Luckily, a new ground-breaking and patented SkyBridge® Proxy DLL technology solves this problem.

Mary lives in Australia and Peter in the US. They work for different software companies. The two businesses are collaborating to develop a software application. Mary is coding component A and Peter component B.

Using the SkyBridge® Proxy DLL technology, they don't need to have each other's code, and yet they can both compile and run the application.

When the application is run on either Peter's or Mary's computer, the source code on both computers are executed in real time, as if they are on the same computer.

There is little learning needed. Mary and Peter each needs only three to five minutes to download and configure the SkyBridge SkyBridge® Proxy DLL environment. That's all. Their code doesn't need to be contaminated by extra code such as special SkyBridge® attributes to facilite this Real-Time Distributed Software Development.

See details.

3. Ethics

  • Is it right to give the job to people in another country, instead of your local community?
  • Is it ethical to pay a quarter of what you would have paid to local consultants to the developers in a poorer country?

I don't think readers need my two cents over such big topics. However, if you ask the freelancers I hired in Estonia, Ukraine, India and Pakistan, they would tell you that they greatly appreciated the money I paid them, which they would have had no way to earn on their local job market.

I do not envisage a software house with a single software development manager and 20 remote freelancer programmers. Instead, there should be a core team of local developers, working with a much larger team of remote freelancers.

This way, using freelancers does not necessarily mean that, instead of hiring 20 local developers, you hire 3 local ones and give the 17 jobs to freelancers in other countries.

Instead, it enables you to undertake a much larger project that requires 100 developers with only 20 local developers whom you are able to find on the limited local job market.

4. Regulations

Medium to large organizations in developed countries such as Australia may have strict HR regulations that may prevent them from hiring remote freelancers. However, when there is a need, a great opportunity to benefit everyone, the regulations need to and will be changed to adapt to the new trend.

A working model

A software development project can be conducted by a local team which consists of architects, programmers and testers.

  1. The local team creates detailed software requirement specification, the software architecture and software design documents.
  2. They then decide what components can be carved out and outsourced to remote freelancers.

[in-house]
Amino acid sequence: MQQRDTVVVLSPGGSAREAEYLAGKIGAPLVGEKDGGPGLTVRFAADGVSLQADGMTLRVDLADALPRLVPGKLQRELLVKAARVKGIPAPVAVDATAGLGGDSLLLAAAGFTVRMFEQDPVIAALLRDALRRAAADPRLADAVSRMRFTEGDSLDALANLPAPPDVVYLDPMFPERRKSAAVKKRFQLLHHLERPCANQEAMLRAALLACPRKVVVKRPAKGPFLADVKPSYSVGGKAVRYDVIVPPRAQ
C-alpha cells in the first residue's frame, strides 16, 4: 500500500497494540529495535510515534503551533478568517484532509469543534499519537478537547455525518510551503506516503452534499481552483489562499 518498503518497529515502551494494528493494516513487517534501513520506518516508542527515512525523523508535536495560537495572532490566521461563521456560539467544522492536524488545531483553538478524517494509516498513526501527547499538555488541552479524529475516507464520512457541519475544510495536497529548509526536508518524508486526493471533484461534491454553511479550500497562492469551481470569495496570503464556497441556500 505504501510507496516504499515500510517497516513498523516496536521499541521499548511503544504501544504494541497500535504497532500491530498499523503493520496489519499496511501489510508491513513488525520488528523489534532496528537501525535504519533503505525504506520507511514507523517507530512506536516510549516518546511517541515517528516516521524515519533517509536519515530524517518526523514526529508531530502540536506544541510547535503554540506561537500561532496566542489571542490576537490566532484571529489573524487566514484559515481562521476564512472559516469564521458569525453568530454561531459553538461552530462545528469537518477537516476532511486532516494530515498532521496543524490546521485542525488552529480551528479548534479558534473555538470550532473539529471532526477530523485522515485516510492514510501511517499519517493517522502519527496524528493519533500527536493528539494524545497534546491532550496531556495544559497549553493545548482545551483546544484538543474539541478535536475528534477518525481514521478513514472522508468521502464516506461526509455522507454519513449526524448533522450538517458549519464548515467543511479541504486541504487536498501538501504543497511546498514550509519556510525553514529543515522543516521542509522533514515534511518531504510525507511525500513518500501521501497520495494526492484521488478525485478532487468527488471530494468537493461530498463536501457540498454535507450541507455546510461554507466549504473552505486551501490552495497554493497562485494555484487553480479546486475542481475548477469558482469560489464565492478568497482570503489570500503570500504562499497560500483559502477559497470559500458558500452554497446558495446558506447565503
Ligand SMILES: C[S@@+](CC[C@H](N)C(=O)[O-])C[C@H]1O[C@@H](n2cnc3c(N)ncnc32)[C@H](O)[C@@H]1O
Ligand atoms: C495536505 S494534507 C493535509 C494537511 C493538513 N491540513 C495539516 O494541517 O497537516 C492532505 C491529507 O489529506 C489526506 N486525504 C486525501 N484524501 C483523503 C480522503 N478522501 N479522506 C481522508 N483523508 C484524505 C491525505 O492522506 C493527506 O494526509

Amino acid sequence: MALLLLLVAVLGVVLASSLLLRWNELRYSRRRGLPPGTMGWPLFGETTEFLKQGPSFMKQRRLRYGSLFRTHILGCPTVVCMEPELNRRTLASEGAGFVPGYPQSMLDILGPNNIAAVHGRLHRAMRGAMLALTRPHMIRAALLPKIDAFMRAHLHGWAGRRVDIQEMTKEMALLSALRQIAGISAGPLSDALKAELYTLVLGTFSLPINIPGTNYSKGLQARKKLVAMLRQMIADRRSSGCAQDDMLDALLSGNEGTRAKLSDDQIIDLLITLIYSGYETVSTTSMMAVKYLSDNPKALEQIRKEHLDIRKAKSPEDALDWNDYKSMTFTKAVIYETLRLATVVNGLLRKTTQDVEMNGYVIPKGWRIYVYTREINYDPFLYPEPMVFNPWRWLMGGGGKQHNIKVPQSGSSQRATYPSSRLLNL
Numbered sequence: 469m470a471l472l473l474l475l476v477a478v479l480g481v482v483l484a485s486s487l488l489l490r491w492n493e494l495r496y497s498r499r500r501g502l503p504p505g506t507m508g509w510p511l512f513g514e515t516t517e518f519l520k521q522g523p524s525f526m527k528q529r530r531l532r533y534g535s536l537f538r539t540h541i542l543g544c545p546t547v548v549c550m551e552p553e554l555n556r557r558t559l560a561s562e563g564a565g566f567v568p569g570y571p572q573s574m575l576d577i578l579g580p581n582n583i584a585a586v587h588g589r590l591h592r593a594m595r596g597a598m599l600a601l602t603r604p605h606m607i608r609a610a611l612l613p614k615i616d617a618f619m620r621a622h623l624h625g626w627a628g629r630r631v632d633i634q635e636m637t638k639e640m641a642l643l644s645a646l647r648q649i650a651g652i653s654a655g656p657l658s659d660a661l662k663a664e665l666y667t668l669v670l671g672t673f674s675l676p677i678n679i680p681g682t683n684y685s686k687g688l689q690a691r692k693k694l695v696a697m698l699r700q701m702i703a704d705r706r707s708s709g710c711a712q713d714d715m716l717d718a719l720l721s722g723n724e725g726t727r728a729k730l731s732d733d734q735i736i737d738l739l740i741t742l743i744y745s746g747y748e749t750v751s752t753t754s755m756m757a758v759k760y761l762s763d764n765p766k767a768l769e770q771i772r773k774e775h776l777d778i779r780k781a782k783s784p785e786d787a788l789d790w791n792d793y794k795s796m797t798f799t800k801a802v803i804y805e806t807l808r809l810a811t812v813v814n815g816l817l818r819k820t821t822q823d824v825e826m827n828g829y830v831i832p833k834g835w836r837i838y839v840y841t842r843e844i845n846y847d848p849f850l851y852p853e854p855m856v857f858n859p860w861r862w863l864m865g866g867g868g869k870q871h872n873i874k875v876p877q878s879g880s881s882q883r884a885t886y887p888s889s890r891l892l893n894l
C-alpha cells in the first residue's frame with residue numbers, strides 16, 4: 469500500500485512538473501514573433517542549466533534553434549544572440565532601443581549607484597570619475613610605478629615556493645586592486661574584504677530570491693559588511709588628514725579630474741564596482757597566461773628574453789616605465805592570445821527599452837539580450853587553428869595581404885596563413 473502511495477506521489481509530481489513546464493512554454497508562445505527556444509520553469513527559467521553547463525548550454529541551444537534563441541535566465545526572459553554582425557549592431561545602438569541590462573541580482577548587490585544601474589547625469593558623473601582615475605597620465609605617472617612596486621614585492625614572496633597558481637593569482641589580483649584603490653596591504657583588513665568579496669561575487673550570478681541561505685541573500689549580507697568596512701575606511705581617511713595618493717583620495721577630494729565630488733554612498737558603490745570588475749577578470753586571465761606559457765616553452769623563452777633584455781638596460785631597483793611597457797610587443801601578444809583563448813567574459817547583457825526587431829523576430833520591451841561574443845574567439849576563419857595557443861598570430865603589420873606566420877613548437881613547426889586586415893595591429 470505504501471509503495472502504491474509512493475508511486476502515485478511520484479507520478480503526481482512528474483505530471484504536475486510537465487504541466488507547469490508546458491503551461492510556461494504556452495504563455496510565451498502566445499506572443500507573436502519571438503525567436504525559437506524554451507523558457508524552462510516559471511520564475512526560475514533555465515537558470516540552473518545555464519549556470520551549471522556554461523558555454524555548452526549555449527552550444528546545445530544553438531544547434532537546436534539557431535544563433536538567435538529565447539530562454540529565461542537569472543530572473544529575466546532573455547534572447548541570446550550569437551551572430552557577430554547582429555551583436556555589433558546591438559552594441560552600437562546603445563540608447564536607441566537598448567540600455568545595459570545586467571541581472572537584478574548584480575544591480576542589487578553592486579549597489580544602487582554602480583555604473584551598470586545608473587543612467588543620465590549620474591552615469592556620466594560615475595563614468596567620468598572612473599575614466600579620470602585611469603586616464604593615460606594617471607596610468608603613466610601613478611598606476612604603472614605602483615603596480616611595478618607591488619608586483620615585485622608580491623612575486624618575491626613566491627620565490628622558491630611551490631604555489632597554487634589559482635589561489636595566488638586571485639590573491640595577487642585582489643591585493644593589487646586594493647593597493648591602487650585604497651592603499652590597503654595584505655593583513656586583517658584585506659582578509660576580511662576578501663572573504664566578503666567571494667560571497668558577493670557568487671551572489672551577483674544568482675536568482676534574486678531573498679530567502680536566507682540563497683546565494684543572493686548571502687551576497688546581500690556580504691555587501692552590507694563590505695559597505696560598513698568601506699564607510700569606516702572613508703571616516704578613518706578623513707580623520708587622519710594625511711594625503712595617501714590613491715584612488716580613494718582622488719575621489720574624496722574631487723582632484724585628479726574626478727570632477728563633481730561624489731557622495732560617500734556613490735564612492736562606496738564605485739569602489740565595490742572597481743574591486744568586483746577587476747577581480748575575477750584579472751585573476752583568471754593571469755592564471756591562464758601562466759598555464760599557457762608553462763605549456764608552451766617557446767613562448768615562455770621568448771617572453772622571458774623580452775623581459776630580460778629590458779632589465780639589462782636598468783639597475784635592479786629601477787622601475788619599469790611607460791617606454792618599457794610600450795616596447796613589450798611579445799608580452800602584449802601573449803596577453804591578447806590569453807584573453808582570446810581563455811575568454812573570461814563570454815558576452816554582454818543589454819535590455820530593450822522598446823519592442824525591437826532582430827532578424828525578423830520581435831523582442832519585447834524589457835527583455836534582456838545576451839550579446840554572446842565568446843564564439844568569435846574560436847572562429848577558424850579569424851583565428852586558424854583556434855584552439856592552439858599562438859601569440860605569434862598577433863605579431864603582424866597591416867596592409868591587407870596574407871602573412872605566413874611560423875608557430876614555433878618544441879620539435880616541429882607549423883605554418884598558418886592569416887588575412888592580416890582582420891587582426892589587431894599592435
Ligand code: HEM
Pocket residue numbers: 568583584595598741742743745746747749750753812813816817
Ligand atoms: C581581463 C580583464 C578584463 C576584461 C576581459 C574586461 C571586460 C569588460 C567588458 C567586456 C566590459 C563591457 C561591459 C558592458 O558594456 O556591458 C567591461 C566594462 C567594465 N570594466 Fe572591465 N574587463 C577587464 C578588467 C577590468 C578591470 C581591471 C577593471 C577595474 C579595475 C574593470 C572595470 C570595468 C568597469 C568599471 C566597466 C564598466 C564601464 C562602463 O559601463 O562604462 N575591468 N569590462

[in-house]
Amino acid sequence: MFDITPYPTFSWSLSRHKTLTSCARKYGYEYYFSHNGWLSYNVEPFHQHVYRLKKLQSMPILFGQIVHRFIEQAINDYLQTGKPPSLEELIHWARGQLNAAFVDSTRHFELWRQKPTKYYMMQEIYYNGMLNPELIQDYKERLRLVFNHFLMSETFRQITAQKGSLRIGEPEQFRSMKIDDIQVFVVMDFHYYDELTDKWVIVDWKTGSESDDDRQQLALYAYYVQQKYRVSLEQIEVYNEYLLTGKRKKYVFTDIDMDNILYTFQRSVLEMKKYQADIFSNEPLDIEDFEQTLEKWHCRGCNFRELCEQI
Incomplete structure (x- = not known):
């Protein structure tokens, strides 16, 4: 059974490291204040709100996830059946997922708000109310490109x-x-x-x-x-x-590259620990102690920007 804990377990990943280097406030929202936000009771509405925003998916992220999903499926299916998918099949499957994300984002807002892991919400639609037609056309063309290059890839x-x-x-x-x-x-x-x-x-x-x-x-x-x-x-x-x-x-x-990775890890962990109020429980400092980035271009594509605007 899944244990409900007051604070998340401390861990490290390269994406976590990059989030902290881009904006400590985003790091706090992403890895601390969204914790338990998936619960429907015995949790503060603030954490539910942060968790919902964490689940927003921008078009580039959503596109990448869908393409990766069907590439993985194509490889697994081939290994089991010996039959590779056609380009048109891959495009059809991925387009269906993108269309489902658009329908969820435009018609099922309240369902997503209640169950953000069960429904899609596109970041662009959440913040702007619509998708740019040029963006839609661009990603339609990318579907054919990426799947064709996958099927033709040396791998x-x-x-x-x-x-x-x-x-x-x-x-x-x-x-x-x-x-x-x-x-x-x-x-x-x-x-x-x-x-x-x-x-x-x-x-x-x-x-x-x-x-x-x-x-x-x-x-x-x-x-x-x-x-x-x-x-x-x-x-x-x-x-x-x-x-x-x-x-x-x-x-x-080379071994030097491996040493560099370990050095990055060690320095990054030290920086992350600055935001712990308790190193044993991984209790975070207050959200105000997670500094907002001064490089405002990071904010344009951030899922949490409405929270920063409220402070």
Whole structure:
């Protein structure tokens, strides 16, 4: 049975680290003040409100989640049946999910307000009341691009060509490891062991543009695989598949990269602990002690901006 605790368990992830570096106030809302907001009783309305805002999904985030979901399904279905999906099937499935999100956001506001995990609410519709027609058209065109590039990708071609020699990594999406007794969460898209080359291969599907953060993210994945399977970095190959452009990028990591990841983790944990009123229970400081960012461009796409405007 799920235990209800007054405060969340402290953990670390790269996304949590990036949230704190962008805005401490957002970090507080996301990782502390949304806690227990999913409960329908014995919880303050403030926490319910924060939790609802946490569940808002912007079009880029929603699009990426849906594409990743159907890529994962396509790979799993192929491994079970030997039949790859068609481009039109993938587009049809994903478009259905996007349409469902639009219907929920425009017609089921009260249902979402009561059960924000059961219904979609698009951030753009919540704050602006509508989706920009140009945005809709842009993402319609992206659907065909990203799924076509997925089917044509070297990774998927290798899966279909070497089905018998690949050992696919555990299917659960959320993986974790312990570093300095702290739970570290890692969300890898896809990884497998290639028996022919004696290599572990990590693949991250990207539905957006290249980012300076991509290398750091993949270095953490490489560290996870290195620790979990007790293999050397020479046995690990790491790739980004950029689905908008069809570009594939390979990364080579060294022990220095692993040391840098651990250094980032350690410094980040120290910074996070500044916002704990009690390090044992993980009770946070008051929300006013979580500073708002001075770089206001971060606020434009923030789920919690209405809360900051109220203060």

3. Local programmers start coding.
  4. For each outsourced component, the local team creates the detailed water-tight requirement spec, like the one I gave to Neil, and decide the skill sets and the levels of skill sets needed.
  5. The team lead finds freelancers on platforms such as Upwork.
  6. They create online source control projects on platforms such as GitHub. They may also employ SkyBridge® RTDSD so that they don't have to share their source code with the freelancers.
  7. The requirement specs of the outsourced components are given to the freelancers, agreed payments are paid into the escrow accounts, and they start coding.
  8. The local team creates automated software testing code and manual testing procedures that can be used to verify and validate components both coded internally and outsourced.
  9. When a freelancer finish his/her work, it is verified and validated. When accepted, the fund in the escrow is released.

The cost of missed opportunities

Suppose your business makes a bid for a software development project based on the following assumptions:

  • The extra 20 developers needed will be hired on the local job market as employees. They will be ready in six weeks.
  • Each developer will work 7.6 hours each day, and be paid $600 to $800 a day.
  • The project will be delivered in 12 months.

You competitor makes a bid based on the following assumptions:

  • The extra 15 freelancers will be ready within two weeks.
  • Each developer will work an average of 10 hours each day, and be paid $200 a day.
  • The project will be delivered in 6 months.

Who will win might be obvious.


As far as I can see, the inevitable tide is coming. This tide is only accelerated by the COVID storm, which forces the decentralization and distribution of the work force of most businesses. I did not seen any of my colleagues face-to-face for twelve months.

Not surprisingly, my productivity increased, because I have better sleep - I do not have to get up at 6 to avoid the traffic jam. I work one hour more every day, and still have one hour more time to exercise, because I do not have to be stuck in traffic.

How much difference will it make to my employer, then, if I am in fact on a different continent?

Those who hop on their surfboard earlier will have great fun riding this tide, while those who are tardy might get their expensive business shoes wet.